SIRC Releases 2005–06 Annual Report

October 26, 2006 – The Annual Report of the Security Intelligence Review Committee (SIRC) was tabled in Parliament today by the Honourable Stockwell Day, Minister of Public Safety. The Report summarizes – to the extent privacy and national security permit – seven reviews completed by SIRC in 2005–06, as well as four decisions rendered in complaint cases.

SIRC was established in 1984 to provide assurance to Parliament that the Canadian Security Intelligence Service (CSIS) is complying with the law in the performance of its duties and functions. In doing so, SIRC safeguards Canadians' fundamental rights and freedoms. SIRC is the only independent, external body with the legal mandate and expertise to review CSIS activities, so it is a cornerstone for ensuring the accountability of one of the Government's most powerful organizations.

The Chair of SIRC, the Honourable Gary Filmon, said “SIRC has made every effort to ensure CSIS is held accountable for its actions and choices.” He cautioned Canadians “not to assume that the demands of public safety and our democratic values are in an irreconcilable conflict with each other. A society that bends the rules confirms the worst prejudices and suspicions of its enemies, while individual rights are meaningless without real and lasting human security.

The seven reviews summarized in the Annual Report cover a range of CSIS activities. Among the more noteworthy was an examination of CSIS's relationships with agencies in four countries suspected of human rights violations, plus SIRC's first review of the Integrated Threat Assessment Centre. SIRC also examined CSIS's electronic-surveillance and information-gathering techniques, to gain a better understanding of how rapidly evolving technologies are being used by CSIS and exploited by terrorists and foreign intelligence agencies. SIRC made 14 recommendations as a result of these reviews, designed to improve the Service's current policies and procedures.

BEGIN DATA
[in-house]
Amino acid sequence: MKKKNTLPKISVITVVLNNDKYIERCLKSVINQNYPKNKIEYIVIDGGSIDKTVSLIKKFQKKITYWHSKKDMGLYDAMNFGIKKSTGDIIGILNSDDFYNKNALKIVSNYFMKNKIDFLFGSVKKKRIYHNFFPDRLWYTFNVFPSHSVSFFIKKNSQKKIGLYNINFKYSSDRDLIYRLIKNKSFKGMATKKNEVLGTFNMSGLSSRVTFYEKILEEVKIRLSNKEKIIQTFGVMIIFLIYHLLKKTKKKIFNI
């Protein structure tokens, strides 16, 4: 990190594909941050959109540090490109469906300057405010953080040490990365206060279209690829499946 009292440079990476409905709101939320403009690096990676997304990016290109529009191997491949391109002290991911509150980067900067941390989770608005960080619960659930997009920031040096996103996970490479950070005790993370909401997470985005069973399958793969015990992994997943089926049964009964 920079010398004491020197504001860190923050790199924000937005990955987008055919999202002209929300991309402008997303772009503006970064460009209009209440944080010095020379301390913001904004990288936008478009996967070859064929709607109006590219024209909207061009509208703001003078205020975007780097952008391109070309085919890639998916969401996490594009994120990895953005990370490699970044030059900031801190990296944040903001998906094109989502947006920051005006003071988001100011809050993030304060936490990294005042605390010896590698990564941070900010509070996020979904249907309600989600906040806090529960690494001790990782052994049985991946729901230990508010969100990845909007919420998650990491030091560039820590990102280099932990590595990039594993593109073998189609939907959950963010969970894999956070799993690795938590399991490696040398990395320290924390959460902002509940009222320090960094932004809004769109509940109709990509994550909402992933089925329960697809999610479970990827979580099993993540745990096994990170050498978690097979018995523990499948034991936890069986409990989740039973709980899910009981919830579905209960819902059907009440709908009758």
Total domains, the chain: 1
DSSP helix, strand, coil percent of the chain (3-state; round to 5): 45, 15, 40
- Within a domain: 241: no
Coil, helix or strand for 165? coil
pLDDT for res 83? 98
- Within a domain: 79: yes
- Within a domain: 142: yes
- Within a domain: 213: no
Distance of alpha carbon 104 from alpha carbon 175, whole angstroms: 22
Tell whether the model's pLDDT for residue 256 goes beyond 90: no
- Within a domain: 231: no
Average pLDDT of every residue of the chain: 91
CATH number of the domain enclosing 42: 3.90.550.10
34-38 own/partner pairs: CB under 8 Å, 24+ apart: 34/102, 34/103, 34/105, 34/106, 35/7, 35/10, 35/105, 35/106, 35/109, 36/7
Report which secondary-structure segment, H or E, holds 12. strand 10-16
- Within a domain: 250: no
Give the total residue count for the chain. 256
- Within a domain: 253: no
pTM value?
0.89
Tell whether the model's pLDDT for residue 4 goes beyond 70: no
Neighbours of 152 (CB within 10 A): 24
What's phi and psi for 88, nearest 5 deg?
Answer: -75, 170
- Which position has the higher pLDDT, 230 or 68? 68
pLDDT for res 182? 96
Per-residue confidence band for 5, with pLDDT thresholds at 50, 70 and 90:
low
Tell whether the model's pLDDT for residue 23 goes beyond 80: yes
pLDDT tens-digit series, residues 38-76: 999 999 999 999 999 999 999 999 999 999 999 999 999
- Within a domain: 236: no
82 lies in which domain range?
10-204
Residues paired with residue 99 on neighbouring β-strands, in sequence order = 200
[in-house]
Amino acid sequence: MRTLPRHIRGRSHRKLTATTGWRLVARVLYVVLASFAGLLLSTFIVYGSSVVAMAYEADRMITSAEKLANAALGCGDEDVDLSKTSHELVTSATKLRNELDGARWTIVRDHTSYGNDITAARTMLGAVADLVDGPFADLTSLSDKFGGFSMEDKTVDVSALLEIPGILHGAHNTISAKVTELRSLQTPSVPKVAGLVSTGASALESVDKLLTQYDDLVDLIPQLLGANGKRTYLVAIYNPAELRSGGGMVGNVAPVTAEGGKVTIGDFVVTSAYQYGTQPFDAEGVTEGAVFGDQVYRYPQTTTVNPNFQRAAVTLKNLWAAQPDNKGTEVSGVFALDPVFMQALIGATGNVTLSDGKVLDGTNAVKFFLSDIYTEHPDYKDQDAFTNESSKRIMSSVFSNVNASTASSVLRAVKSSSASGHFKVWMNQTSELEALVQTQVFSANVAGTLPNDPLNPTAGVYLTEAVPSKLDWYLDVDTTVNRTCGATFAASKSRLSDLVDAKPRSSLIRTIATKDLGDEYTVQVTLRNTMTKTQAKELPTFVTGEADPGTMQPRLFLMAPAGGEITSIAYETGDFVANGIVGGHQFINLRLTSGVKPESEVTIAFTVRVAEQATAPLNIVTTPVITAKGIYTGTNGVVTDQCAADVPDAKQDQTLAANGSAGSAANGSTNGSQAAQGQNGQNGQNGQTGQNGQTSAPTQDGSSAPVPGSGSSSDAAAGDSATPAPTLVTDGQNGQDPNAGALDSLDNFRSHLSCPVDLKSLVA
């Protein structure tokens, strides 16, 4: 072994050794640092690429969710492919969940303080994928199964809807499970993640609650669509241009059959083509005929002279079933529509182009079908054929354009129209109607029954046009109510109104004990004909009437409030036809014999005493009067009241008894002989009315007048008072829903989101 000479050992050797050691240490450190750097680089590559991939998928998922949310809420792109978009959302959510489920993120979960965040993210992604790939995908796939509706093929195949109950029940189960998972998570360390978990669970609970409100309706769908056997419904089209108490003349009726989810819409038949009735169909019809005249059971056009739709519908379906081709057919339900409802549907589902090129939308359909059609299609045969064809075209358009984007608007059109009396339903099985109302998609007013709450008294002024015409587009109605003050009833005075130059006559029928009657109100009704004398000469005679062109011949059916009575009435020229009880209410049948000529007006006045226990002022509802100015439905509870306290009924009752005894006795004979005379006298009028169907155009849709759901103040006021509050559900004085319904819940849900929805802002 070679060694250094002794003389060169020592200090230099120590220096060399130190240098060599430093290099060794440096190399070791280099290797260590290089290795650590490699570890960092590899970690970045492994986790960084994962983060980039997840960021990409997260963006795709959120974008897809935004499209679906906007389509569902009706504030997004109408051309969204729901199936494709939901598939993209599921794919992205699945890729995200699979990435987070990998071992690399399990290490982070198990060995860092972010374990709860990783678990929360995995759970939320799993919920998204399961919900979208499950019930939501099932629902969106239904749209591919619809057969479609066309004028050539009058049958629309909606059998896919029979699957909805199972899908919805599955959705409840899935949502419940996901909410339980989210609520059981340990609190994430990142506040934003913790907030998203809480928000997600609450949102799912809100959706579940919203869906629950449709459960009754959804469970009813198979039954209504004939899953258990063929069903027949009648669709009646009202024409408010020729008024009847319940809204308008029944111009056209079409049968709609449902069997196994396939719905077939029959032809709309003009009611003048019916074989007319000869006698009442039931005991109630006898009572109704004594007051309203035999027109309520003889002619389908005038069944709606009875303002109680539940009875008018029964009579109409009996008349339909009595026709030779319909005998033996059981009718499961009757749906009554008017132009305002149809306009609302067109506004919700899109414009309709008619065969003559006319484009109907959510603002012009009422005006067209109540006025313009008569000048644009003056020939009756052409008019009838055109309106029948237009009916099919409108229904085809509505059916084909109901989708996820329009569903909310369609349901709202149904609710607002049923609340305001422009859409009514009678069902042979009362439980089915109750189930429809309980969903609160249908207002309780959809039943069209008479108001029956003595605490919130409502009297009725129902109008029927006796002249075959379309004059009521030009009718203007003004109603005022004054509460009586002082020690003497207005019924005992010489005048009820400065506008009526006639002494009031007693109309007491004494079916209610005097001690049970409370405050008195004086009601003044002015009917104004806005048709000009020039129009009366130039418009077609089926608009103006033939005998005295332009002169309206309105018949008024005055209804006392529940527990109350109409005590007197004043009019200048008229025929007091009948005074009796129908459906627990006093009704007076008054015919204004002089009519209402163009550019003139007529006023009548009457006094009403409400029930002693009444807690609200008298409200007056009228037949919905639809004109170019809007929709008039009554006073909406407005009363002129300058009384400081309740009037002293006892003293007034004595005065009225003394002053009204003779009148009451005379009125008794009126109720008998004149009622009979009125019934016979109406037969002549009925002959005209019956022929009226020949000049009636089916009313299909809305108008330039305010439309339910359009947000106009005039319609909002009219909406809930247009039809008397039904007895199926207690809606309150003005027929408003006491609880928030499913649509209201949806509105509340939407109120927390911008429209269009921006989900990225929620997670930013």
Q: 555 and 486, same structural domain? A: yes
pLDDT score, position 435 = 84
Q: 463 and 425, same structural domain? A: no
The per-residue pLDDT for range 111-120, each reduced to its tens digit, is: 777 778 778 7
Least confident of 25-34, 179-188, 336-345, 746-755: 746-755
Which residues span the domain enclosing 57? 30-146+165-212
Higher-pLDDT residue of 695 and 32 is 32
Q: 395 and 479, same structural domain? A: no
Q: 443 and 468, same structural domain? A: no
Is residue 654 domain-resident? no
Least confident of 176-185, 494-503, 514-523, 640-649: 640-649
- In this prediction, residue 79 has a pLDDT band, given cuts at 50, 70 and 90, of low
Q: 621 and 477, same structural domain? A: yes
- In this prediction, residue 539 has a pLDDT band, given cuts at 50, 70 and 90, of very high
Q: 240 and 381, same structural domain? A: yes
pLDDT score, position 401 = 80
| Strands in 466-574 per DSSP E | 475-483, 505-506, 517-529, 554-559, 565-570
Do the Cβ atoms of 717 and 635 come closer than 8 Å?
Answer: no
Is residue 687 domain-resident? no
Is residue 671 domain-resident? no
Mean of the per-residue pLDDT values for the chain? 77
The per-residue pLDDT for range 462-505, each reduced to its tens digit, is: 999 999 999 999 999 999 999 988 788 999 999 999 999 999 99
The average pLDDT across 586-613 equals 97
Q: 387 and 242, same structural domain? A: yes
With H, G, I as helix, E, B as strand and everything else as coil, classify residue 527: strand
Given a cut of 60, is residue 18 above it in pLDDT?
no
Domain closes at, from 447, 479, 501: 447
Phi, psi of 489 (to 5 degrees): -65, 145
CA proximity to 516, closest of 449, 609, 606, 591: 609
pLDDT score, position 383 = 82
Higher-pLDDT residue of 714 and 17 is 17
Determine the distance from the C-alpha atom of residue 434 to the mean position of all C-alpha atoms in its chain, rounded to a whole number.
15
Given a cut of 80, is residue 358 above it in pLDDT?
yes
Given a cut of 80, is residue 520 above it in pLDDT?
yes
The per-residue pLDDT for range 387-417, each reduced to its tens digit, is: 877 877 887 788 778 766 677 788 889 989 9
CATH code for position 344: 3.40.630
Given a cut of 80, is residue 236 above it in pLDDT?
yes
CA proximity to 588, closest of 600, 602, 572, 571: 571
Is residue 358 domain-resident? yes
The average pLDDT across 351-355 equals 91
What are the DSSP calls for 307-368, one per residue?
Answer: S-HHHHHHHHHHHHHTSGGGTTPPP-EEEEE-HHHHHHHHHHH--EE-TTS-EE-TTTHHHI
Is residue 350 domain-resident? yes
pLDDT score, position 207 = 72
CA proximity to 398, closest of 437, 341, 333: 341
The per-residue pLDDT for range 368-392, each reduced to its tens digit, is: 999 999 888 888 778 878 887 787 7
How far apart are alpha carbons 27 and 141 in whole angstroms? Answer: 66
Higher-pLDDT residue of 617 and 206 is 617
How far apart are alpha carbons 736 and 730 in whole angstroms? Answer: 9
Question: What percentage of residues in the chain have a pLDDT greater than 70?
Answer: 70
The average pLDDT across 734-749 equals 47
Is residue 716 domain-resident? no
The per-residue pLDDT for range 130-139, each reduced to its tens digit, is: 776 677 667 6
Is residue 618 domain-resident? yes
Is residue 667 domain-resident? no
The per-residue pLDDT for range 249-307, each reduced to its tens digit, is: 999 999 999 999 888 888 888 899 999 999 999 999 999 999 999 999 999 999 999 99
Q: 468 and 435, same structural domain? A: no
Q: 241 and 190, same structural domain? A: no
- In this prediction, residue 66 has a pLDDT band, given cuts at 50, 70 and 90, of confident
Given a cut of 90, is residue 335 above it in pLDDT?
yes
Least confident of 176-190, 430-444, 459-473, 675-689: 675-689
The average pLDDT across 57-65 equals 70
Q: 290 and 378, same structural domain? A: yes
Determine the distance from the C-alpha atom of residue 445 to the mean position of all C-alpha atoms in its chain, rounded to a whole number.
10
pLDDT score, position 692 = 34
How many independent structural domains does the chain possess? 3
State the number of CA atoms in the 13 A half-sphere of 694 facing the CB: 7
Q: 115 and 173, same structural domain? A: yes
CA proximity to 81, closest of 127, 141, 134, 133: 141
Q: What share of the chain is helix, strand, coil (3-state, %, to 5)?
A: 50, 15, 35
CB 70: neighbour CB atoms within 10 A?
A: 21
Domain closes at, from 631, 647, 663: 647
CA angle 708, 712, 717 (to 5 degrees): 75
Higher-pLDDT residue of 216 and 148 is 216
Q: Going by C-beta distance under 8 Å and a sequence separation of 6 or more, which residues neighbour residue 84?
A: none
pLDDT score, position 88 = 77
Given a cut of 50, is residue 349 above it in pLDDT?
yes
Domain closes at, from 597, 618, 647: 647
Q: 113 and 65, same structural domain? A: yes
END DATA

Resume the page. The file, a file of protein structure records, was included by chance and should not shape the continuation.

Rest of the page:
SIRC is also responsible for investigating complaints against CSIS. In 2005–06, SIRC dealt with 63 complaints, which marked a significant increase over previous years. Not all complaints resulted in an investigation, however, because some were redirected to another government institution, deemed to be outside SIRC's jurisdiction or were withdrawn by the complainant. SIRC issued four written reports, one of them concerning the denial of a security clearance to Mr. Bhupinder Liddar, for whom SIRC found in favour. A total of 19 recommendations were forwarded to CSIS stemming from these complaints investigations.

Other key accomplishments included the introduction of innovative procedures designed to modernize the complaints function, including pre-hearing conferences to resolve preliminary procedural matters and the adoption of the principle of continuing disclosure, so that new documents can be introduced at any time before a decision is rendered. SIRC also posted an Arabic translation of “How To Make A Complaint” on its website, in an effort to be more inclusive. Finally, during the past year, SIRC's Chair appeared at a public hearing of the Commission of Inquiry into the Actions of Canadian Officials In Relation to Maher Arar, to discuss options for an arm's-length review mechanism for the RCMP's national security activities. SIRC staff held similar wide-ranging discussions on the same subject with their Commission counterparts.

By examining past CSIS operations and investigating complaints, SIRC makes findings and recommendations designed to improve the Service's performance. To the best of its ability and respecting legal constraints, every review undertaken and every complaint acted upon, is reflected in SIRC's Annual Report to Parliament.

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  1. Summary of Reviews, 2005-06
  2. SIRC's Role and Responsibilities

For more information about SIRC, please contact:
Suzanne Beaubien
Senior Researcher
or consult

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